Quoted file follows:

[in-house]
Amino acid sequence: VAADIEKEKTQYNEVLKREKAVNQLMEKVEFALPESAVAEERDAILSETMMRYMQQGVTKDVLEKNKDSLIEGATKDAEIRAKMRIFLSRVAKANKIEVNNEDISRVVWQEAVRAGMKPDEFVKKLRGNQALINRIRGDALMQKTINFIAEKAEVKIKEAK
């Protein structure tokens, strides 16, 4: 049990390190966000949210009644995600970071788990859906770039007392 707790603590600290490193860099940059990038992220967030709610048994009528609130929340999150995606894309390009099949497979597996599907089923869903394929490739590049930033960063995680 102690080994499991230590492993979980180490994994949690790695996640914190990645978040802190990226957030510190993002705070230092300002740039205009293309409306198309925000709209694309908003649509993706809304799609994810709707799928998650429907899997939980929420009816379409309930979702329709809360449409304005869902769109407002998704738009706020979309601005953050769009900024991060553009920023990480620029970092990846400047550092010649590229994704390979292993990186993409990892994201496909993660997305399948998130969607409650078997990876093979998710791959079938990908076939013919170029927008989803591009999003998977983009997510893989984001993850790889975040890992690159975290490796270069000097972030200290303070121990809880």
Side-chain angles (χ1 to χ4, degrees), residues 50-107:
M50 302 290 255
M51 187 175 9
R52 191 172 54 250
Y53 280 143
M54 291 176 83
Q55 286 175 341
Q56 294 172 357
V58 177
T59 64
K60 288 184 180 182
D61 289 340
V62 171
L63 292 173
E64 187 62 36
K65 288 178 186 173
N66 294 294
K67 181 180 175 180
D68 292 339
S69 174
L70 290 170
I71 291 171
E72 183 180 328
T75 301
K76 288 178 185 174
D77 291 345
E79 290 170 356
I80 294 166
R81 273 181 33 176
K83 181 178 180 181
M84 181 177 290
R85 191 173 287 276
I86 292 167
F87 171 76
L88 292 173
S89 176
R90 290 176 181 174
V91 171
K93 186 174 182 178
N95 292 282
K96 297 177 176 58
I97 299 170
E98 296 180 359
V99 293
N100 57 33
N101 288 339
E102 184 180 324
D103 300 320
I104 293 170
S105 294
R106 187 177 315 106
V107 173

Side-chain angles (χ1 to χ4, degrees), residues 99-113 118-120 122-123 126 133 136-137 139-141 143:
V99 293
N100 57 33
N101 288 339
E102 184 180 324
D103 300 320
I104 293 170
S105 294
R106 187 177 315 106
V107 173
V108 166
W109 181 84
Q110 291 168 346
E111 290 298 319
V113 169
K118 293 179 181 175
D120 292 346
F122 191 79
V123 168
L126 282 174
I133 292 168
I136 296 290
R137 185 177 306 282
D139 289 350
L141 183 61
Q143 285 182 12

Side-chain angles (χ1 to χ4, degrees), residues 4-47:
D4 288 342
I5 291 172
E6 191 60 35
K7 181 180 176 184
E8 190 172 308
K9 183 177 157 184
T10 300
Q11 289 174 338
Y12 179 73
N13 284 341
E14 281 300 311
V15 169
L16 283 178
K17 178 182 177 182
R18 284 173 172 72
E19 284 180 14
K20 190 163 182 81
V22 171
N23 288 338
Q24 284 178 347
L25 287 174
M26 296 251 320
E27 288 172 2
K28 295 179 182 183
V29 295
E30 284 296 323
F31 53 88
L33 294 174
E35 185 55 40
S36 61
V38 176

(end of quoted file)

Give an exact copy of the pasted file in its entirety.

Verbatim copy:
[in-house]
Amino acid sequence: VAADIEKEKTQYNEVLKREKAVNQLMEKVEFALPESAVAEERDAILSETMMRYMQQGVTKDVLEKNKDSLIEGATKDAEIRAKMRIFLSRVAKANKIEVNNEDISRVVWQEAVRAGMKPDEFVKKLRGNQALINRIRGDALMQKTINFIAEKAEVKIKEAK
């Protein structure tokens, strides 16, 4: 049990390190966000949210009644995600970071788990859906770039007392 707790603590600290490193860099940059990038992220967030709610048994009528609130929340999150995606894309390009099949497979597996599907089923869903394929490739590049930033960063995680 102690080994499991230590492993979980180490994994949690790695996640914190990645978040802190990226957030510190993002705070230092300002740039205009293309409306198309925000709209694309908003649509993706809304799609994810709707799928998650429907899997939980929420009816379409309930979702329709809360449409304005869902769109407002998704738009706020979309601005953050769009900024991060553009920023990480620029970092990846400047550092010649590229994704390979292993990186993409990892994201496909993660997305399948998130969607409650078997990876093979998710791959079938990908076939013919170029927008989803591009999003998977983009997510893989984001993850790889975040890992690159975290490796270069000097972030200290303070121990809880």
Side-chain angles (χ1 to χ4, degrees), residues 50-107:
M50 302 290 255
M51 187 175 9
R52 191 172 54 250
Y53 280 143
M54 291 176 83
Q55 286 175 341
Q56 294 172 357
V58 177
T59 64
K60 288 184 180 182
D61 289 340
V62 171
L63 292 173
E64 187 62 36
K65 288 178 186 173
N66 294 294
K67 181 180 175 180
D68 292 339
S69 174
L70 290 170
I71 291 171
E72 183 180 328
T75 301
K76 288 178 185 174
D77 291 345
E79 290 170 356
I80 294 166
R81 273 181 33 176
K83 181 178 180 181
M84 181 177 290
R85 191 173 287 276
I86 292 167
F87 171 76
L88 292 173
S89 176
R90 290 176 181 174
V91 171
K93 186 174 182 178
N95 292 282
K96 297 177 176 58
I97 299 170
E98 296 180 359
V99 293
N100 57 33
N101 288 339
E102 184 180 324
D103 300 320
I104 293 170
S105 294
R106 187 177 315 106
V107 173

Side-chain angles (χ1 to χ4, degrees), residues 99-113 118-120 122-123 126 133 136-137 139-141 143:
V99 293
N100 57 33
N101 288 339
E102 184 180 324
D103 300 320
I104 293 170
S105 294
R106 187 177 315 106
V107 173
V108 166
W109 181 84
Q110 291 168 346
E111 290 298 319
V113 169
K118 293 179 181 175
D120 292 346
F122 191 79
V123 168
L126 282 174
I133 292 168
I136 296 290
R137 185 177 306 282
D139 289 350
L141 183 61
Q143 285 182 12

Side-chain angles (χ1 to χ4, degrees), residues 4-47:
D4 288 342
I5 291 172
E6 191 60 35
K7 181 180 176 184
E8 190 172 308
K9 183 177 157 184
T10 300
Q11 289 174 338
Y12 179 73
N13 284 341
E14 281 300 311
V15 169
L16 283 178
K17 178 182 177 182
R18 284 173 172 72
E19 284 180 14
K20 190 163 182 81
V22 171
N23 288 338
Q24 284 178 347
L25 287 174
M26 296 251 320
E27 288 172 2
K28 295 179 182 183
V29 295
E30 284 296 323
F31 53 88
L33 294 174
E35 185 55 40
S36 61
V38 176